George Paxinos

As different artists sculpt different statues from the same block of marble, different environments produce different characters, even in identical twins. Evelyn, a geneticist and amateur archeologist, makes a formidable discovery in Israel, the consequence of which is the birth of Christopher and José, identical twins raised apart, one in affluent Sydney, the other in the slums of Buenos Aires …                                                                                                                                                                                                       

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Are our brains too small?

I’m always amused when I hear the term: ‘man-made’.

On the other hand, we never hear: ‘mouse-made’, ‘mushroom-made’ or ‘micro-organism-made’.

There is another important distinction to be made between biological creation and creation myth or belief.

Regardless of your spirituality or religious orientation, could we agree that everything comes from nature?

Can we somehow rank the marvellous acts of self-sacrifice and care for others by Mother Teresa against the enormously complex, symbiotic and nutritional role played by fungi on the forest floor and subsoil root systems?

It is truly complicated to separate the simple from the complex, and by association the difference between the role of the individual and that of the group. Intelligence can be both centralised and distributed.

…his thinking was an amalgam of ethics, neuroscience, ecology and theology. I have to hand it to the guy—he has a coherent rationale, convoluted though it is.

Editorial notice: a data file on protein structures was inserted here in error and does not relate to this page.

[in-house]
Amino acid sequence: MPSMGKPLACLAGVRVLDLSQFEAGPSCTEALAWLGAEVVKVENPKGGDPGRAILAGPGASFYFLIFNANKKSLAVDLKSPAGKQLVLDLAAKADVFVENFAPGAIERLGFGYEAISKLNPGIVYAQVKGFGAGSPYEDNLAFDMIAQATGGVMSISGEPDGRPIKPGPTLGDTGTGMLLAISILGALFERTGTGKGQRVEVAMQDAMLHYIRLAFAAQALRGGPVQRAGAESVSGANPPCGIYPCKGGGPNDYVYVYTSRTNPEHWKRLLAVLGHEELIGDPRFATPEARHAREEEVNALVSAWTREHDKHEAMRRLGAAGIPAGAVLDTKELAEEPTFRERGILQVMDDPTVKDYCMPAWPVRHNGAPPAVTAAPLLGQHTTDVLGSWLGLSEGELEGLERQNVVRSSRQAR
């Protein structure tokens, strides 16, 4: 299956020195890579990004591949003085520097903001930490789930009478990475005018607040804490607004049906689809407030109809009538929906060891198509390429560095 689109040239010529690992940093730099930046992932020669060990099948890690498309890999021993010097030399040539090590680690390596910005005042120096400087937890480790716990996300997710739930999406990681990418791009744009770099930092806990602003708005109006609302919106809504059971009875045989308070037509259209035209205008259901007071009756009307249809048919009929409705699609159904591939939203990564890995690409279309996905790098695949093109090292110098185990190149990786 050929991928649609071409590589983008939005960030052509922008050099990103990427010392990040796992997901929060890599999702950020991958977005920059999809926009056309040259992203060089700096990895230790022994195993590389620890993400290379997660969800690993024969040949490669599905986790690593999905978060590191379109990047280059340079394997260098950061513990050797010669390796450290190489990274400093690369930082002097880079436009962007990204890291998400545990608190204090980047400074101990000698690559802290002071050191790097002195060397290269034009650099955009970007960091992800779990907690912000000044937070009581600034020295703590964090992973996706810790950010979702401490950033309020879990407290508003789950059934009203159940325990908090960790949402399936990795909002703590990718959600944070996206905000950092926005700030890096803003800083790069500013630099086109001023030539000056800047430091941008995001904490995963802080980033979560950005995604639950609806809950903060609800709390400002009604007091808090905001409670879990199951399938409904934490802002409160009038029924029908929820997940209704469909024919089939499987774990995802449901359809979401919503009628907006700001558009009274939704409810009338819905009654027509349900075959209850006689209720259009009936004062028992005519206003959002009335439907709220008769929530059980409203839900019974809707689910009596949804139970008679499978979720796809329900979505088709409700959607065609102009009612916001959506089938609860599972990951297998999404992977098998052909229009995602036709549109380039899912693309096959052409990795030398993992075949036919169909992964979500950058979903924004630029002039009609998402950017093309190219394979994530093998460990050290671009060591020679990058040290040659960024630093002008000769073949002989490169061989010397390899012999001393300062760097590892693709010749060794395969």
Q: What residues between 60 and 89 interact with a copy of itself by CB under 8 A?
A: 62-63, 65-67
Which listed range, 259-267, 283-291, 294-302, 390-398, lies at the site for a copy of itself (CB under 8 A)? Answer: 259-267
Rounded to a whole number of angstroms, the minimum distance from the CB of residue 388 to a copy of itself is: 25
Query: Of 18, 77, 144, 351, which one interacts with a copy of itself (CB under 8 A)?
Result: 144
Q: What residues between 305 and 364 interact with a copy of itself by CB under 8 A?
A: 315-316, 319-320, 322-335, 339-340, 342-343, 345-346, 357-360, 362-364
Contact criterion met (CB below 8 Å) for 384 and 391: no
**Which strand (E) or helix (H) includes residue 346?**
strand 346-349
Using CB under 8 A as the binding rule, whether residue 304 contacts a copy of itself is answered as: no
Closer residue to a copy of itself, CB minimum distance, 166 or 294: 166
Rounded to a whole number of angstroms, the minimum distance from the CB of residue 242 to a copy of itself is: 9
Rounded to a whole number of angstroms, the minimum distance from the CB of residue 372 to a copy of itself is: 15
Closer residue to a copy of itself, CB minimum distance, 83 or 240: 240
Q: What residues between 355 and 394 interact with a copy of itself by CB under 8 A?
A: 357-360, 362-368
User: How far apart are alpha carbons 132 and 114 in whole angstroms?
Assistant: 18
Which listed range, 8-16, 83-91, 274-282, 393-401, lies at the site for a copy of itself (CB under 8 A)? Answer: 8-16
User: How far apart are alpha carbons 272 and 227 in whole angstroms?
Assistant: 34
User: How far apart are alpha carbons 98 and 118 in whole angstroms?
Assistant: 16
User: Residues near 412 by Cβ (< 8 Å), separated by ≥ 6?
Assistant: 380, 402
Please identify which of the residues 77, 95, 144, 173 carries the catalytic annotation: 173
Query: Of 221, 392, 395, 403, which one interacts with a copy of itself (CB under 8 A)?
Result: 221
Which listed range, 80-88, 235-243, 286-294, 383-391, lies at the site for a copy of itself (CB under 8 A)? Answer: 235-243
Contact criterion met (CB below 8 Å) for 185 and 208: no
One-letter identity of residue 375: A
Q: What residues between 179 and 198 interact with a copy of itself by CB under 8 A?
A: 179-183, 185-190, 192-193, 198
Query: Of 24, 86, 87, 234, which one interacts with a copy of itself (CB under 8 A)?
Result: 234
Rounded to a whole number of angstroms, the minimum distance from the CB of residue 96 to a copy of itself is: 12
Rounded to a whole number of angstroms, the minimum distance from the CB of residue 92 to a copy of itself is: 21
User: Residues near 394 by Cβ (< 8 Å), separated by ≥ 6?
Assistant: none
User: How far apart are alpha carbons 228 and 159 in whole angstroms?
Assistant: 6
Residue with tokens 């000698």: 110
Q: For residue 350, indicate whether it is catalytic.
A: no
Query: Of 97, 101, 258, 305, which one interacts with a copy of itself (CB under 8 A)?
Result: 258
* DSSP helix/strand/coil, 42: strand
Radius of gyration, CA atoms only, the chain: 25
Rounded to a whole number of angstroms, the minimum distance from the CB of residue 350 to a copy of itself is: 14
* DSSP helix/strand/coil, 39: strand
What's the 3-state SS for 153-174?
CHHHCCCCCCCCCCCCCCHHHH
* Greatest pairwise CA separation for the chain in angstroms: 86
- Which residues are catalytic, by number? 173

In one sense, a colony of fungi represents just as valid a neural network, as the human brain – ‘it’ makes decisions for itself, culls bad connections that threaten survival, and builds good connections where conditions promote prosperity.

Still, how often do individual mushrooms write for academic journals or present the nightly weather forecast?

And conversely, on what occasions do humans regard their ‘athlete’s foot’ as a clear and present survival risk?

We humans are often guilty of regarding our intellect and capacity for thought as ‘special’, distinct, or somehow outside of nature’s realm and her prerogatives

“He claimed the brain has leftover reptilian parts—from snakes. They give us Stone Age emotions, unsuitable for handling our space- age technology.”

Are our brains too small? Too big?

Let’s put it this way…

If you were to design a near perfect recycling system, would you investigate french food waste practices or a mushroom colony (or both)?

Food for thought! (Couldn’t resist the pun ;>)

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